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Tag: black and white photos

Thursday’s Photo Caption Contest

Jan Wilson, it’s been a long wait, but you can now claim the honor of being our last captioner of 2010 and our first declared winner of 2011. President Truman was a practical (and frugal) guy, so why wouldn’t he be able to step up and give tips on Christmas tree gadgetry?

As far as we know, though, on the occasion on which this picture was taken, the lights on the National Christmas Tree went on just as planned. This picture from from the Harry Truman Library is dated December 24, 1945—it’s interesting that the lighting took place so late in the season.

For this new contest, we turn to another President. Inspired by the 50th anniversary of JFK’s inauguration this month, we resume the Thursday photo caption contest with a picture from the John F. Kennedy Library.

So now that we all have had time to recover from the holidays, get those brain cells working and give us your best so we can give you 30% off at the National Archives eStore. Start captioning right now in the comments section.… [ Read all ]

Thursday’s Photo Caption Contest

Lynn Ansfield, with her short, historically on-the-nose caption took the top honors in the last photo caption contest. Congrats, Lynn, you’ve won 30% off at the National Archives eStore just in time for the holidays!

The Truman Library contains this photo of President Truman receiving a Thanksgiving turkey from members of the Poultry and Egg National Board and other representatives of the turkey industry, outside the White House., 11/16/1949, and many more!

It’s the first week of December, and some parts of the country have already had significant snowfall.  Here’s a photo to get you in the mood for wintry fun. Give us your best, and we’ll give you 30% off your next purchase at the Archives eStore! … [ Read all ]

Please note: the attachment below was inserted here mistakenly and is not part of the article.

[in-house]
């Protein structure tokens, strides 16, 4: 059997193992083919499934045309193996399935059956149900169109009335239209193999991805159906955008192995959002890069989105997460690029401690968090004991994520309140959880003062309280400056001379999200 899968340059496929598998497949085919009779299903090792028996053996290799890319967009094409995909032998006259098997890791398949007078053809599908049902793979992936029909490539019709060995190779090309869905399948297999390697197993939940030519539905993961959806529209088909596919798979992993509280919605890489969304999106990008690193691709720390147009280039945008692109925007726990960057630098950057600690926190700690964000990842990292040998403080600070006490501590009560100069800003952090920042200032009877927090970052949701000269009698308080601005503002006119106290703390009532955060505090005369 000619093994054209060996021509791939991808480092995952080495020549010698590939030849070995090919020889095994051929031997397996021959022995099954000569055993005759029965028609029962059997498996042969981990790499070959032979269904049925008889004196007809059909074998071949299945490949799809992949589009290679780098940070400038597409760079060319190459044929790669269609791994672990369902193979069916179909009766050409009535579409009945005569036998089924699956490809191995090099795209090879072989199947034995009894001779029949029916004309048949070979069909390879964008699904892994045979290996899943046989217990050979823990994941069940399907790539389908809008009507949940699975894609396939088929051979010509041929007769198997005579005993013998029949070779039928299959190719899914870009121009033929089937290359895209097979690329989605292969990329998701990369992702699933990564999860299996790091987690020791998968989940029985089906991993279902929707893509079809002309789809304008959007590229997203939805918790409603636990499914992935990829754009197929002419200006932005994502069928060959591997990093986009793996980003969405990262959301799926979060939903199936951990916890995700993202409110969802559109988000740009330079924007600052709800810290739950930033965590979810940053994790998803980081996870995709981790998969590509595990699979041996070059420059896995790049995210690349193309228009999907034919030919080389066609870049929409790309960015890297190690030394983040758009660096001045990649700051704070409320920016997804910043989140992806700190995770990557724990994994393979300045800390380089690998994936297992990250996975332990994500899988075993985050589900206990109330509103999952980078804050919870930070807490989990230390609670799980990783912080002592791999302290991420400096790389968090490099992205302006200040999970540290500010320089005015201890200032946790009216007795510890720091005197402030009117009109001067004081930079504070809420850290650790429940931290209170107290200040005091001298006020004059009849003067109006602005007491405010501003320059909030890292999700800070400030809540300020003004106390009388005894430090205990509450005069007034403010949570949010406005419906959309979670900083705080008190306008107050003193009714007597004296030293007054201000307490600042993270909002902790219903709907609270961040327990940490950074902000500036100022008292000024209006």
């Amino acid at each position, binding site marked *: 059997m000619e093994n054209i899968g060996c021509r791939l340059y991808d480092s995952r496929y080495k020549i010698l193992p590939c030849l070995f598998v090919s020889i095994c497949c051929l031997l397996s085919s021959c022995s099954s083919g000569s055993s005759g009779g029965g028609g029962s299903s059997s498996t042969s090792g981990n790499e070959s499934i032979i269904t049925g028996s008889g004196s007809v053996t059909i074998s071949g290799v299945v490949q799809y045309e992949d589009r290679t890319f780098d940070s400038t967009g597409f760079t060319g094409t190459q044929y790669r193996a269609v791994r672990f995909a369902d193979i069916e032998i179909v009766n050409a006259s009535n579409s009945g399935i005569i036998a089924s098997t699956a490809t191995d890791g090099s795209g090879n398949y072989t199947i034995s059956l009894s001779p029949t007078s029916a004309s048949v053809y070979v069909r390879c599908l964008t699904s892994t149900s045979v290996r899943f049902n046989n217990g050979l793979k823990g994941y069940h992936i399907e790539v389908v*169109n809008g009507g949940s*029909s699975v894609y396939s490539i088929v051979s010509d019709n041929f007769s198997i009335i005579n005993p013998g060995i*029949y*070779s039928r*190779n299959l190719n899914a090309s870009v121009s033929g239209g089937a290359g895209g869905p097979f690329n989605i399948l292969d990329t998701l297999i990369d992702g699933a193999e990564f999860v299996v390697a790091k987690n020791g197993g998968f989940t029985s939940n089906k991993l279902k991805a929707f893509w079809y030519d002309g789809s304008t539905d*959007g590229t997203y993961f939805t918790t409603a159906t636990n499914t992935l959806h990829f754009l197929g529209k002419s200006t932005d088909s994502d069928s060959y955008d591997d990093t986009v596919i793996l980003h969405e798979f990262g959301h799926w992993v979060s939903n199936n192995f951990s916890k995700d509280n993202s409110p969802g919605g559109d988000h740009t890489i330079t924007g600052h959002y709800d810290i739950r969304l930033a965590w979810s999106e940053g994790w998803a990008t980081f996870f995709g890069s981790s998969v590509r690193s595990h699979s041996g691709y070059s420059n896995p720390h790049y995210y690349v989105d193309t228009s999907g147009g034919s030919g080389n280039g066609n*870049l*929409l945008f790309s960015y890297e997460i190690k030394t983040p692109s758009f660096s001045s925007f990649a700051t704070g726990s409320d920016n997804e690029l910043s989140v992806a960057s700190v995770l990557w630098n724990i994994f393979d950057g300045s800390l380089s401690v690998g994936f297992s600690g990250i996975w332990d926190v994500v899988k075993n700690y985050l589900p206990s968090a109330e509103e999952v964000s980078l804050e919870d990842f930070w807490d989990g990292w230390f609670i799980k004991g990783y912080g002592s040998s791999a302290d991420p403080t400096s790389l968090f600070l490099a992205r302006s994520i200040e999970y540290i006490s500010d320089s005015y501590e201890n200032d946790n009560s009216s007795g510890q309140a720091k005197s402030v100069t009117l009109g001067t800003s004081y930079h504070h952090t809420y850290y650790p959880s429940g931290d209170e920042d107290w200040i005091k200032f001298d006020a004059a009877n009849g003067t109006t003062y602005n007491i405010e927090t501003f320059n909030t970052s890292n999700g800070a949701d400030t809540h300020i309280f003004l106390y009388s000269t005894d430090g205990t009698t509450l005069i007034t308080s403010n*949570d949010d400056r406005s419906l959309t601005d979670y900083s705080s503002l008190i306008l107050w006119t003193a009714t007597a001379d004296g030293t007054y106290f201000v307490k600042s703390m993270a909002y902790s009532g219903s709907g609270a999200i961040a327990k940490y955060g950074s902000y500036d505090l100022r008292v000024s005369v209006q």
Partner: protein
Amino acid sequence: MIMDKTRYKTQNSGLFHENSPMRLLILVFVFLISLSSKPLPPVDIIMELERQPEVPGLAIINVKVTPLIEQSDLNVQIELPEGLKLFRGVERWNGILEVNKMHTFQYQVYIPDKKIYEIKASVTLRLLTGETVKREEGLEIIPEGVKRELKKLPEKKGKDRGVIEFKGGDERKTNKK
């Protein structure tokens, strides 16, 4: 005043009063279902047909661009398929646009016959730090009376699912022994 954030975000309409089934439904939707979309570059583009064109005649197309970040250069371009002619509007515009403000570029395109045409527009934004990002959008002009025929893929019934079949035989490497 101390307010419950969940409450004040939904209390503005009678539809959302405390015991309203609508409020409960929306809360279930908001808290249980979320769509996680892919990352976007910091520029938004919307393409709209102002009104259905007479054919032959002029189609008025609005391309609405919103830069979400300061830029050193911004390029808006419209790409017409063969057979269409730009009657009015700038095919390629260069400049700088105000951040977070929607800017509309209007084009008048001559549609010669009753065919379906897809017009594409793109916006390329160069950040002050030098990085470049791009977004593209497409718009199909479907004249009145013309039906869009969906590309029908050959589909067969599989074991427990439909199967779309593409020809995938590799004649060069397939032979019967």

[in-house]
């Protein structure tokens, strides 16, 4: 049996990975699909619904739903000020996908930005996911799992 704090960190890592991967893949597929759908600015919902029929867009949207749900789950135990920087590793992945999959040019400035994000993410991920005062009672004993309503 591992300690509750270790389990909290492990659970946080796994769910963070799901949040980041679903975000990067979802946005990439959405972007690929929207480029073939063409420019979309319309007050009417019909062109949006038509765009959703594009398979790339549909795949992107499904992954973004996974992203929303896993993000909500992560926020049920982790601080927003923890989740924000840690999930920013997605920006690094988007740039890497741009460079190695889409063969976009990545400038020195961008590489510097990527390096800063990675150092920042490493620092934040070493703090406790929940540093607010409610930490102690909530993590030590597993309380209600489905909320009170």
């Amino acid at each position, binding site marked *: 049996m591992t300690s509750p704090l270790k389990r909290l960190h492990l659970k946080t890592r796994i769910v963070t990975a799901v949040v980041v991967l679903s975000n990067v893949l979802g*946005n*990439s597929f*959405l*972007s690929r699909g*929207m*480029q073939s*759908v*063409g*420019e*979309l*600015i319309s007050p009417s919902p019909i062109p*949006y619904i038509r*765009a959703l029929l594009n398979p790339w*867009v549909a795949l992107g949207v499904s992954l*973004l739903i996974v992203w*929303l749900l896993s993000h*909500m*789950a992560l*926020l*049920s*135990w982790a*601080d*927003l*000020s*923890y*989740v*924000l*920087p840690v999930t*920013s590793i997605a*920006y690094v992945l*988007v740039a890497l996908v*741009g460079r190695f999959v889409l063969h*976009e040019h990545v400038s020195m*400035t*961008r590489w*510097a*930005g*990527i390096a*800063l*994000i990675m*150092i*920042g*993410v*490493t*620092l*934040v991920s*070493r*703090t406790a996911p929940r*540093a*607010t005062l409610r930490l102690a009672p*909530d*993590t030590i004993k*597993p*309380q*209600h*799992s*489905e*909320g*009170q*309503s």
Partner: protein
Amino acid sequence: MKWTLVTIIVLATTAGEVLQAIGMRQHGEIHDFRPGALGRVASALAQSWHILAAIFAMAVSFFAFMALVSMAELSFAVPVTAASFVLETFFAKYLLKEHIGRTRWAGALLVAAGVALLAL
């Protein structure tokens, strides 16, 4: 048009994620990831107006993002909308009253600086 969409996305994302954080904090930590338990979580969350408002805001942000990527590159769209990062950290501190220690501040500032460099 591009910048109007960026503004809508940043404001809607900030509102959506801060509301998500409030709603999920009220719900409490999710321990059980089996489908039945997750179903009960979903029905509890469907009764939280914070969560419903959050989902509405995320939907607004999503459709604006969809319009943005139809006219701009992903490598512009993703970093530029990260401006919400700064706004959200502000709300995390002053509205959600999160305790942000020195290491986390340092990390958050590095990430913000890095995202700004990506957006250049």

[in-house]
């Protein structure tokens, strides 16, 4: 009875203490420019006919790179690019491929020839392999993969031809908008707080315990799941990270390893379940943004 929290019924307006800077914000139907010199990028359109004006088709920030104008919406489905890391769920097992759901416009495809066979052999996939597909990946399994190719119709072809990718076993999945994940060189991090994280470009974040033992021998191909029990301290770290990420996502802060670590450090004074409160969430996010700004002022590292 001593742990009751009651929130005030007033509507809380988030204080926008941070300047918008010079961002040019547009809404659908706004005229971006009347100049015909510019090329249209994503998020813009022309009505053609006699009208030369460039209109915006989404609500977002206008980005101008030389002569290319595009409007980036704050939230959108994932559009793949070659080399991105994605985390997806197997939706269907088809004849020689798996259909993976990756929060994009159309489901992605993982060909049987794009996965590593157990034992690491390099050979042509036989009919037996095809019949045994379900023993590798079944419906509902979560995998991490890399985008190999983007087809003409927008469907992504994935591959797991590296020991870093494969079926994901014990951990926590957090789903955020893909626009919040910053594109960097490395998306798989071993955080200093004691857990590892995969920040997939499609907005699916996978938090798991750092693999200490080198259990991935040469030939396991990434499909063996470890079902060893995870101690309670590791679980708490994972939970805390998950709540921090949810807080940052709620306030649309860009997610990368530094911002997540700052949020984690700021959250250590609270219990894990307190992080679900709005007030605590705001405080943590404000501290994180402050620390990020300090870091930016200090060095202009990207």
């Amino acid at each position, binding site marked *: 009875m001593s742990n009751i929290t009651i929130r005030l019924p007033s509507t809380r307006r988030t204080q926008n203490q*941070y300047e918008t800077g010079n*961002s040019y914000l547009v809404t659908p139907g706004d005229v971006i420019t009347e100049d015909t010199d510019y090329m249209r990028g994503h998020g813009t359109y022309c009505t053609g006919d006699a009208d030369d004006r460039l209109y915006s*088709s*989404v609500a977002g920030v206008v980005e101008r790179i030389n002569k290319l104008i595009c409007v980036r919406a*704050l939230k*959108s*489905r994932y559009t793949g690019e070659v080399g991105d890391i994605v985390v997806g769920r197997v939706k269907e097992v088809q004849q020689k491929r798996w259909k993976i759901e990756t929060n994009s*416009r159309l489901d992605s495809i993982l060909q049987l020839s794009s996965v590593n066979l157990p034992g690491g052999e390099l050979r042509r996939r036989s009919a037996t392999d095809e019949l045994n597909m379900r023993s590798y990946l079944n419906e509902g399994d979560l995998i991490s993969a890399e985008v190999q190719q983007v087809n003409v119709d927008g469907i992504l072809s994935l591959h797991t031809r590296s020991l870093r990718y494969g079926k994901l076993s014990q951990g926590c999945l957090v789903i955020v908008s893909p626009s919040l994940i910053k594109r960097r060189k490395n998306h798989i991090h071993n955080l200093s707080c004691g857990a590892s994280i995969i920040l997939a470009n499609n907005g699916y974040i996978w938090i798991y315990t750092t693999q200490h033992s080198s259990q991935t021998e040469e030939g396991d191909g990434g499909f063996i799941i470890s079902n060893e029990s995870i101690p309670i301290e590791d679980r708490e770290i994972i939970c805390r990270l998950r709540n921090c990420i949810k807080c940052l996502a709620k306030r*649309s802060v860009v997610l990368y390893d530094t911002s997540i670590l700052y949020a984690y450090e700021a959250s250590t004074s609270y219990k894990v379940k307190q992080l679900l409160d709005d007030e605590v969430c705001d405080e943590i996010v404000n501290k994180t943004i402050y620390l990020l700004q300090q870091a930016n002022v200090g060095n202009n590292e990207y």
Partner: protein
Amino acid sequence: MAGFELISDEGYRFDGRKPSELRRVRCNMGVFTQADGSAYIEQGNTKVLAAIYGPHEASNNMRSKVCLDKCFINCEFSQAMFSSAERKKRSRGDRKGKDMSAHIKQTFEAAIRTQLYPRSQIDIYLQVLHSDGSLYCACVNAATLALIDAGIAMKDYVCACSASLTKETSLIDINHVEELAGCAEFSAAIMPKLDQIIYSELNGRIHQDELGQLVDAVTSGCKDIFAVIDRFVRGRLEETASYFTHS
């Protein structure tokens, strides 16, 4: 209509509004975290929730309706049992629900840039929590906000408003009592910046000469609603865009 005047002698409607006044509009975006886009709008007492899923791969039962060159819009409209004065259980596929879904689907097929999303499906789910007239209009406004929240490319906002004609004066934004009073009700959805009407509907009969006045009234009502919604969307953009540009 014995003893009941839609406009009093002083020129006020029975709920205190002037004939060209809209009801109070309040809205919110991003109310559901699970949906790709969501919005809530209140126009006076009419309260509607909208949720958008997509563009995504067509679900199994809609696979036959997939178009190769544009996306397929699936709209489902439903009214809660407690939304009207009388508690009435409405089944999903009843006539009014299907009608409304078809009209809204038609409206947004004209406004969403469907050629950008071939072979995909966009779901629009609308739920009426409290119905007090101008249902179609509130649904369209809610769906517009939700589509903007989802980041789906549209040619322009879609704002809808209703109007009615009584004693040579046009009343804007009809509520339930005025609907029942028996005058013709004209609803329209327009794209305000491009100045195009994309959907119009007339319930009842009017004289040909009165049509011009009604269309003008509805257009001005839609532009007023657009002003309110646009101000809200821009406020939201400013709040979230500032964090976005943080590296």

Thursday’s Photo Caption Contest

Zebras, Fruit Stripes gum mascot, firing squads, post modernism . . . what a compendium of cunning captioning! Mr. Tom Mills was up all night last night poring over each comment with a keen eye toward hilarity and utter genius and has selected last week’s winner. In the end Keith Ramsey was dubbed the Captionista who captured our judge’s flare for funny.

But what was that postmodern fashion icon doing in front of that wall?  Great question. The original caption for this 1917 photo reads: “Soldier in black and white uniform to conceal him while climbing trees. He stands in front of a house camouflaged to represent a fence and trees. Company F, 24th Engineers. American University, D.C. Army Engineer Corps.”

While this week’s photo doesn’t involve the niche fence-camouflage market, it does have something in common with last week’s image: it makes no sense. Our guest judge this week is the esteemed, indefatigable chief of the Archives II Textual Records Reference Staff, Tim Nenninger. Victory in the ring will get you 30% off at the National Archives e-Store and a week’s supply of bragging rights.

So readers, lend us thy captions!

Here’s something to get you started:

“Mr. Poppins was called in after the spoonful of sugar proved ineffective.”

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Thursday’s Photo Caption Contest

It’s time to “spill” the beans on who won last week’s contest. While we had more fun than a “barrel” of monkeys reading through your comments, settling on a winner was a “sobering” task. We loved Gabby’s “There was some confusion at the onset of the invention of the ‘kegger’ to what exactly the purpose of this activity was. Many years later, it would still receive mixed reviews from the neighbors,” and any reference to a 200-foot-tall space alien master (Bob S.) we enjoy, but ultimately it was Rebecca who took the cake (and 30% eStore discount!). Her comment is below the image at left.

As most of you guessed, this photo was from Prohibition, 1931 to be precise. The original caption reads “Los Angeles authorities emptying barrels of rum, 1931.” Two years later, in 1933, the 21st Amendment would end Prohibition, becoming the only amendment to repeal a previous one (so far).

While Prohibition may be over, our arsenal of strange is still plenty full here at the Archives. This week we’ve pulled out a particularly peculiar picture for pontification, so stretch out that funny bone and submit your comments! You never know who will be guest judging!

Here’s something to get you started:

“Originally made of ‘thirteen stripes alternating red and white,’ the Star Spangled Suit was later replaced by a flag of

[ Read all ]